The Most Frequently Assigned Grade at Harvard Is an ‘A’

A new statistic sets off another round of conversations about grade inflation.

Oprah Winfrey

“You get an A! And you get an A!” (Image Credit: Associated Press)

The most frequently awarded grade at Harvard College is an A, the Crimson reports this week, and the median grade is an A-. While these particular stats are new, the knowledge that inflation exists at Harvard, and most everywhere else in higher education, is not.

The data came out of a monthly faculty meeting, when Government Professor Harvey Mansfield asked Dean Michael Smith whether it was true that the most frequently assigned grade at Harvard College was an A-. It wasn’t true, but in fact, slightly more egregious.

“I can answer the question, if you want me to,” Harris said reluctantly, according to the Crimson. “The median grade in Harvard College is indeed an A-. The most frequently awarded grade in Harvard College is actually a straight A.”

Periodic stories about the rampant grade inflation at Harvard set off a round of debates with some regularity. And already, the national media is descending on this statistic to bemoan a generation of trophy-hoarding softies. But while it might inspire outrage and derision, it doesn’t really move the battle lines of the debate. Tepid defenders of the status quo will point out that Harvard undergrads overcame a 5.9 percent acceptance rate to earn admission. Many of them are A students, and handing out a majority of C’s might not be representative of their talent. Game theorists will note that it’s difficult for just one college to reverse the trend, making their students look worse than the competition from other schools when competing for jobs outside industries that understand the differences between a Harvard GPA and a Princeton one. Princeton, by the way, has implemented quotas, limiting the number of A’s its professors can dole out. It hasn’t been entirely well received by students or faculty. Already, the school says it’s reevaluating the policy. Clearly, there’s no answer here that satisfies all.

Still, the idea that a grade at Harvard is more likely to be an A than anything else seems a bit outrageous. And it creates a high-pressure system of its own. When you so limit the range of grades people are receiving, you basically set up a system of “pass and varying ranges of fail.” It means that if you take a class with someone who doesn’t ascribe to the current grading standards, and receive a B-, meaning you did about average in the class, it has an outsized influence on your transcript.

Still, don’t necessarily bet that a solution arises out of this incident. In 2001, it seemed equally outrageous that 91 percent of Harvard undergrads graduated with honors, a statistic reported in one of these periodic flare-ups. Harvard took measures to fix that statistic, but it doesn’t seem to have addressed the root issue. So will this be the round of mocking that forces the school to find a solution that sticks? They are, after all, a leader in higher education. If they announce that from now on, employers should interpret a wider range of grades from their graduates as something other than the declining intelligence of their students, a lot of graduate programs and employers will know about it. Then again, some schools might even imitate it.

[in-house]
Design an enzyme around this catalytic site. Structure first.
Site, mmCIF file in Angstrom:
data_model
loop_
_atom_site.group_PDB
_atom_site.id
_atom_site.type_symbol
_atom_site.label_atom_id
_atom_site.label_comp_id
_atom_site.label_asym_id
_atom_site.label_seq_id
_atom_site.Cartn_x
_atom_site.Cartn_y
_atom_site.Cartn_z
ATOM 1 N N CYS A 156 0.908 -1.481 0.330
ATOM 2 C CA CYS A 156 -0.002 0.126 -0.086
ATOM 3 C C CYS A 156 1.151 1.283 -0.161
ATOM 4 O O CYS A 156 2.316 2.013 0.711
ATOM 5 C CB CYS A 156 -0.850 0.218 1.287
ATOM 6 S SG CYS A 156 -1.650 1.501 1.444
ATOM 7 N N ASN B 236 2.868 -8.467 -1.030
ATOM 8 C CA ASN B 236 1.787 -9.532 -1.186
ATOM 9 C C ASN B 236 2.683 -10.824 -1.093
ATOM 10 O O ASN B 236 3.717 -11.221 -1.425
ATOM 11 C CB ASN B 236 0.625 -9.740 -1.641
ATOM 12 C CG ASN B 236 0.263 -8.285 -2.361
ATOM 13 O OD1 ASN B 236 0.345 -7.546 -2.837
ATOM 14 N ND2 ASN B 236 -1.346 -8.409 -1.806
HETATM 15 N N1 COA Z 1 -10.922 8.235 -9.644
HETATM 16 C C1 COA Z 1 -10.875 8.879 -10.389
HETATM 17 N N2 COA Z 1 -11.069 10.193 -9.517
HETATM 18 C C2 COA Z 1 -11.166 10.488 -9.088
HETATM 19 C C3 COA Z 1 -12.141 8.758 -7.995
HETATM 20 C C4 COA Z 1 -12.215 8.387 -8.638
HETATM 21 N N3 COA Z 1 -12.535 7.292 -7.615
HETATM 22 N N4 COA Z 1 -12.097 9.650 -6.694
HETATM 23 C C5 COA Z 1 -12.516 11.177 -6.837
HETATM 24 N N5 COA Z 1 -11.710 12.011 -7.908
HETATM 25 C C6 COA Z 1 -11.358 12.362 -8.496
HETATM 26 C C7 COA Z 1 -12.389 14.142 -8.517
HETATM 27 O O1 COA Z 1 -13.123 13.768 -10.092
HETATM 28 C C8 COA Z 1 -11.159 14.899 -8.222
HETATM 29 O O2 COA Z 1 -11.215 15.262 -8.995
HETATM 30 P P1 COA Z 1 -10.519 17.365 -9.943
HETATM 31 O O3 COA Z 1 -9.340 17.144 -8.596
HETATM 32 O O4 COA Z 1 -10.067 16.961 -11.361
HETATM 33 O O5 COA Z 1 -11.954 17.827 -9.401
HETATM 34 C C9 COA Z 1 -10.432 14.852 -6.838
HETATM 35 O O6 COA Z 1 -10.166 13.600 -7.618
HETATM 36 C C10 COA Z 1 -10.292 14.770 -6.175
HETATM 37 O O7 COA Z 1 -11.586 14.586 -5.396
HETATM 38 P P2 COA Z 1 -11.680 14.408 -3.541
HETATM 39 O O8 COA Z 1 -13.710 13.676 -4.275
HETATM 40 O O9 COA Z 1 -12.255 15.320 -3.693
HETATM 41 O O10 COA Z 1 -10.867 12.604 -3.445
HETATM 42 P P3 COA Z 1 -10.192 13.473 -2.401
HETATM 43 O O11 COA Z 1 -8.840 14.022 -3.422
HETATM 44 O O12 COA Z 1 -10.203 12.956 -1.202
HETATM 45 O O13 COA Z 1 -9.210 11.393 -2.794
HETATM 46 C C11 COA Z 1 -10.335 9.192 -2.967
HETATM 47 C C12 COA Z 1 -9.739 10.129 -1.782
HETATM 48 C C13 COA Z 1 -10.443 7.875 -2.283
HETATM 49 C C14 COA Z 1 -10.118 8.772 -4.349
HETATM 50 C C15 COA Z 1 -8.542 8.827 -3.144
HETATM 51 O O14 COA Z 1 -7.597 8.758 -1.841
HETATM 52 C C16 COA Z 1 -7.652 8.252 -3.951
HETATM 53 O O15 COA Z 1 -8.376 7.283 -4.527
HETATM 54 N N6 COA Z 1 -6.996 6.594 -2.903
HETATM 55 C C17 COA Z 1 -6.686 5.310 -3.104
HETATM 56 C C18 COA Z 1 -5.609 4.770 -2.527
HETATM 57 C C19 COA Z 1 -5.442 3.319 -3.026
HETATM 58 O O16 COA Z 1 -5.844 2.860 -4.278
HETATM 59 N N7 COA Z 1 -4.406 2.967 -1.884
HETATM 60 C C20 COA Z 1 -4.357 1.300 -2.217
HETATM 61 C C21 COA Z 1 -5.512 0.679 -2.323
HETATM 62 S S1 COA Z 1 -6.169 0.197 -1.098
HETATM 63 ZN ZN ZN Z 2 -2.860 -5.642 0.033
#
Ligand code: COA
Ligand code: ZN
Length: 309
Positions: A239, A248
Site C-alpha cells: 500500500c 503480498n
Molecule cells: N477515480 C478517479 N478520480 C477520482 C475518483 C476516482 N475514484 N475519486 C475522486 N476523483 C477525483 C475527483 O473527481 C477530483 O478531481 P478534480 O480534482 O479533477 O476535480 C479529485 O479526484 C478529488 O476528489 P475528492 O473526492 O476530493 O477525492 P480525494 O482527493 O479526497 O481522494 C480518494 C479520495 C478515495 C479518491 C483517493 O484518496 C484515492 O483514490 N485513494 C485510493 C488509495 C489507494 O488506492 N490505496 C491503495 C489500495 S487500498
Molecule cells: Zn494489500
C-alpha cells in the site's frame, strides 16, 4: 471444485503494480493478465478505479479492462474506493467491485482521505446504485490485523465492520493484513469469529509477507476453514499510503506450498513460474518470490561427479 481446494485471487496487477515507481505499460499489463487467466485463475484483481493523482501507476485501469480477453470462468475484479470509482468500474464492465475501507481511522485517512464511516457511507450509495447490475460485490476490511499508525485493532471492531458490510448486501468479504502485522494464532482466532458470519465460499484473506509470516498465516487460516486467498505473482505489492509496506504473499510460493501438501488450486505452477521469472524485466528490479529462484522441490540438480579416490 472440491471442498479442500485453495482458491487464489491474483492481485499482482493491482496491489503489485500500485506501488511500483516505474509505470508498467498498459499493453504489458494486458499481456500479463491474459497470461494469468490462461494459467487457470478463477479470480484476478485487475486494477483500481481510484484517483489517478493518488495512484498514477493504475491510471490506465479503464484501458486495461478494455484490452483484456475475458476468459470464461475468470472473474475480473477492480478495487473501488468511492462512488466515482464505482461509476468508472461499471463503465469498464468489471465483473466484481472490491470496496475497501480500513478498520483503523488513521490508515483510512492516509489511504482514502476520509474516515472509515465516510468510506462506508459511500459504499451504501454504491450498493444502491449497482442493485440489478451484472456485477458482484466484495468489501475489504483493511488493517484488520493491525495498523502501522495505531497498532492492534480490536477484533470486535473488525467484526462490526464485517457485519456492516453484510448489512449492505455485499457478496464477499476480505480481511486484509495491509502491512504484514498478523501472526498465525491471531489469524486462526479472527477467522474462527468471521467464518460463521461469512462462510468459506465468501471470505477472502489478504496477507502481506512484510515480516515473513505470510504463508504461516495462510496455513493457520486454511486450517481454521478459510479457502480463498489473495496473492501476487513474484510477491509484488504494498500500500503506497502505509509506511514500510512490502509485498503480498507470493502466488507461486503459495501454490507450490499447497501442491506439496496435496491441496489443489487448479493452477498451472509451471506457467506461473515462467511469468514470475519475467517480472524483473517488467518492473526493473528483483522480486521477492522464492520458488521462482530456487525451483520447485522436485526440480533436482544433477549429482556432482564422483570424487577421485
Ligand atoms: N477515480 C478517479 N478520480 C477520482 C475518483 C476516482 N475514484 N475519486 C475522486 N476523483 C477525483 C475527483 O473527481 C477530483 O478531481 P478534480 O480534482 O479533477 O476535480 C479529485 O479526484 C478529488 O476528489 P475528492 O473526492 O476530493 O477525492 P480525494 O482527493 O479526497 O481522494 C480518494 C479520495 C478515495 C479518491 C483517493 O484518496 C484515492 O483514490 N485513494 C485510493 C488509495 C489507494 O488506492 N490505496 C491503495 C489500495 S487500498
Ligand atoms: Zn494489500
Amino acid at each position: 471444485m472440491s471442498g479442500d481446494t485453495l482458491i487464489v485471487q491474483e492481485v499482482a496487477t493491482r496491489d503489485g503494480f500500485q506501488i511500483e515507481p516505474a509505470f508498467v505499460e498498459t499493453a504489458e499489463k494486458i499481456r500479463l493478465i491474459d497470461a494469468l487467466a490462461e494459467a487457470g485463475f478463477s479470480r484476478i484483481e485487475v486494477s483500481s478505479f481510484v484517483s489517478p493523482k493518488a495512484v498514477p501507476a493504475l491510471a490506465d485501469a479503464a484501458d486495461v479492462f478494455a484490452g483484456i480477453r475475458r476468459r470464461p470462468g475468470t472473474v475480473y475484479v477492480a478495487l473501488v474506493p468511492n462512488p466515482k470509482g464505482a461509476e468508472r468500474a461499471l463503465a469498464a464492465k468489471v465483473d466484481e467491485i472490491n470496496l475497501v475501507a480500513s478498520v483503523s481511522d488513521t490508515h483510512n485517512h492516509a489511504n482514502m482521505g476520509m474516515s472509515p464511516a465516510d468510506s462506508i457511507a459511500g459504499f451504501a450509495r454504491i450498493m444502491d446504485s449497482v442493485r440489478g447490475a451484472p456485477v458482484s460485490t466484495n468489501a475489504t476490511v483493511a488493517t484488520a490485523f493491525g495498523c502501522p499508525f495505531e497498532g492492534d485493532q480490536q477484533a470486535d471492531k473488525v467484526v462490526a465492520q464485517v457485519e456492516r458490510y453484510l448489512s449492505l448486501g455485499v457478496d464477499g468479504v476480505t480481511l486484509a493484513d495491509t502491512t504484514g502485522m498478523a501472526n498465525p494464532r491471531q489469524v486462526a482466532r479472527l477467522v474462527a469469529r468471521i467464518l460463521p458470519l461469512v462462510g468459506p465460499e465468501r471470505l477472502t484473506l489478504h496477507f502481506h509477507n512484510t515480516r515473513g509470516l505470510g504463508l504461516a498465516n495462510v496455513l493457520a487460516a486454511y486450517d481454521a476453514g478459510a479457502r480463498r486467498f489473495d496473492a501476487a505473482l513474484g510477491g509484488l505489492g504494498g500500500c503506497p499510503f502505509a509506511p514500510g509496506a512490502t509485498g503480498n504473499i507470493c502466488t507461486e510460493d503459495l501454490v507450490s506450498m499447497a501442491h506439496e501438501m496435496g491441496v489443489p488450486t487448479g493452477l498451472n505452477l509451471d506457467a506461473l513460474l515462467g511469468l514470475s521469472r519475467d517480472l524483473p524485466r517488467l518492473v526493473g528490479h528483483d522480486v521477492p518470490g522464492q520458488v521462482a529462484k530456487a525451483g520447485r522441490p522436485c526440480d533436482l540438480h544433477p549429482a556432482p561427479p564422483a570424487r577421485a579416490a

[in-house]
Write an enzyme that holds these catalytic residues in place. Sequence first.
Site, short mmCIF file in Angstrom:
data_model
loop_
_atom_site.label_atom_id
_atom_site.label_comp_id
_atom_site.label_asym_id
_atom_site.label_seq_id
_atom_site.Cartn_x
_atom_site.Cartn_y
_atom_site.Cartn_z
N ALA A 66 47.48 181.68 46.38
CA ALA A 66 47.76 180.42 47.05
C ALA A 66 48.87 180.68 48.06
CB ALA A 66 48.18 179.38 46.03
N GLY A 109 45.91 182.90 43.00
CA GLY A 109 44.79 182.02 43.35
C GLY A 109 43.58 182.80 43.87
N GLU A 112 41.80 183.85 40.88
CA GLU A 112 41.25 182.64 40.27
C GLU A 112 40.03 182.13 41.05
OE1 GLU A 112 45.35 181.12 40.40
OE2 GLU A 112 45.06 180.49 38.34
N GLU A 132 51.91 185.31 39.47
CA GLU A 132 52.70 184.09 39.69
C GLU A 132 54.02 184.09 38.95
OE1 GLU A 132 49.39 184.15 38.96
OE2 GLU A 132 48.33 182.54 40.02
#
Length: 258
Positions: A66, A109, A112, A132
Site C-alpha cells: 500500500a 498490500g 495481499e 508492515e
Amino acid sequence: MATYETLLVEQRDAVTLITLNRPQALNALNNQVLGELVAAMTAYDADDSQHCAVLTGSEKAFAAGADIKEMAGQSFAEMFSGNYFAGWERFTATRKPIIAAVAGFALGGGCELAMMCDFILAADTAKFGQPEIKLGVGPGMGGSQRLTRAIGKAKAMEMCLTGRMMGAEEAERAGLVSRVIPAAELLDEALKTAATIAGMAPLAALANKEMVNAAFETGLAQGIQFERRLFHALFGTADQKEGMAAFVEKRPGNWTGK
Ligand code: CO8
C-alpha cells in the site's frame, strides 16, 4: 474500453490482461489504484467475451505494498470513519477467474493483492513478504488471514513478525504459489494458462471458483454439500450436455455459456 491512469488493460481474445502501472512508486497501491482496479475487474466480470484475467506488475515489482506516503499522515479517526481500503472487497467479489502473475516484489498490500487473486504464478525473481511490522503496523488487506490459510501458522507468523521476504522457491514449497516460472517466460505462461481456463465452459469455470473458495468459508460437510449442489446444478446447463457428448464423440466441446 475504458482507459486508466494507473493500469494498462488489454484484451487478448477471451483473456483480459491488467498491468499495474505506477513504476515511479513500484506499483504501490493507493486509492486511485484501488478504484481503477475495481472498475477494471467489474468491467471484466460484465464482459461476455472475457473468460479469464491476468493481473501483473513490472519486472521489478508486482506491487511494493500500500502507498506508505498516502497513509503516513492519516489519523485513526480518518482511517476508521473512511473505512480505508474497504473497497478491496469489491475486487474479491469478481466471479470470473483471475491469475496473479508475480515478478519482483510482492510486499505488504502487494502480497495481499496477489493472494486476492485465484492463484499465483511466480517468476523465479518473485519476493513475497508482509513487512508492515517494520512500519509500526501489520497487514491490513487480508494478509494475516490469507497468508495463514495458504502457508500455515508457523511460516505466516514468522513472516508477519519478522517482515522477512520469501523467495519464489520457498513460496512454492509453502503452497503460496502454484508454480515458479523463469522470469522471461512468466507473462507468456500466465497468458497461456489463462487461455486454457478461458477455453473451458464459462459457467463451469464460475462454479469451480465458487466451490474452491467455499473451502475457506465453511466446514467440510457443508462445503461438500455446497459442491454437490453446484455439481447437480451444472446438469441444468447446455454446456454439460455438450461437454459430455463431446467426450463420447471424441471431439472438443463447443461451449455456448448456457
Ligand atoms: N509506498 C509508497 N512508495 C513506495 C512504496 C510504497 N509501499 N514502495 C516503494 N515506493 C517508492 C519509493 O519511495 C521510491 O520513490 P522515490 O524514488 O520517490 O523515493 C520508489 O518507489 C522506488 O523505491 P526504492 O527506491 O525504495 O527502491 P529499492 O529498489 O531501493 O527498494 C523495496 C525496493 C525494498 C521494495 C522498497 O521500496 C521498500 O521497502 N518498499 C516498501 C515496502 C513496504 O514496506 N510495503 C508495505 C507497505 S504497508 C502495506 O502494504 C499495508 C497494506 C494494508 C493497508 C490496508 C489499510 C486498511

• Andy

    I saw some inflation there first hand and don’t deny it’s an issue, but it’s important to keep in perspective the flip side of this popular media gripe: It’s sort of like saying that most of the top 50 college running backs are running 40s in under 4.5. Yes, that’s why they’re there to begin with.

    • Shawn Poorman

      I tend to disagree. Provided that the curriculum at all schools is equal, your point makes sense. But, more difficult curricula should produce the same grade curve as less difficult curricula, if the students are well suited to either. Assuming you are correct, the question then becomes “Then what is the point of grading?” A grade of “C” is supposed to be “average.” In an ideal world, the median grade should be a 75. So let’s say that everyone at Harvard has between a 3.5 and a 4.0. How are we to then differentiate between student ability? That is to say, if everyone always gets A’s, who is better than whom? Kind of kills the whole idea of grading, doesn’t it? Personal experience: I’ve been to 3 different colleges here in Texas, including Texas A&M. ALL of them curve. Doesn’t matter if it’s the assignments individually or the final grade at the end. Fact is, the grades are not indicative of how much was learned. You are simply graded based on your performance relative to others. If the standards are continually pushing higher (i.e. the curve becomes smaller and smaller), then that is a good thing. Still not indicative of true performance, but if the comparison (average) is rising so then is the performance of each particular grade. If, however (as statistics from our high school education would imply) standards are lowering, then we would have no way to detect that, unless you can wrestle the true grades out of professors. My guess is professors are not required to report the real grades, so there goes that data point. This is all a symptom of our ailing educational system and the loss of competitiveness in our schools. The fact that even Harvard hasn’t escaped this trend makes me feel very uneasy about the direction we’ve taken. Sounds to me like Harvard needs to step up it’s curriculum. CLEARLY the students there could do better. Sure, some would fail, but that is capitalism isn’t it? Shame that it’s so difficult to get into but apparently not so difficult to graduate. That’s right, I said it. Harvard should be failing a decent portion of its student population. Else how much weight can a degree from Harvard possibly carry?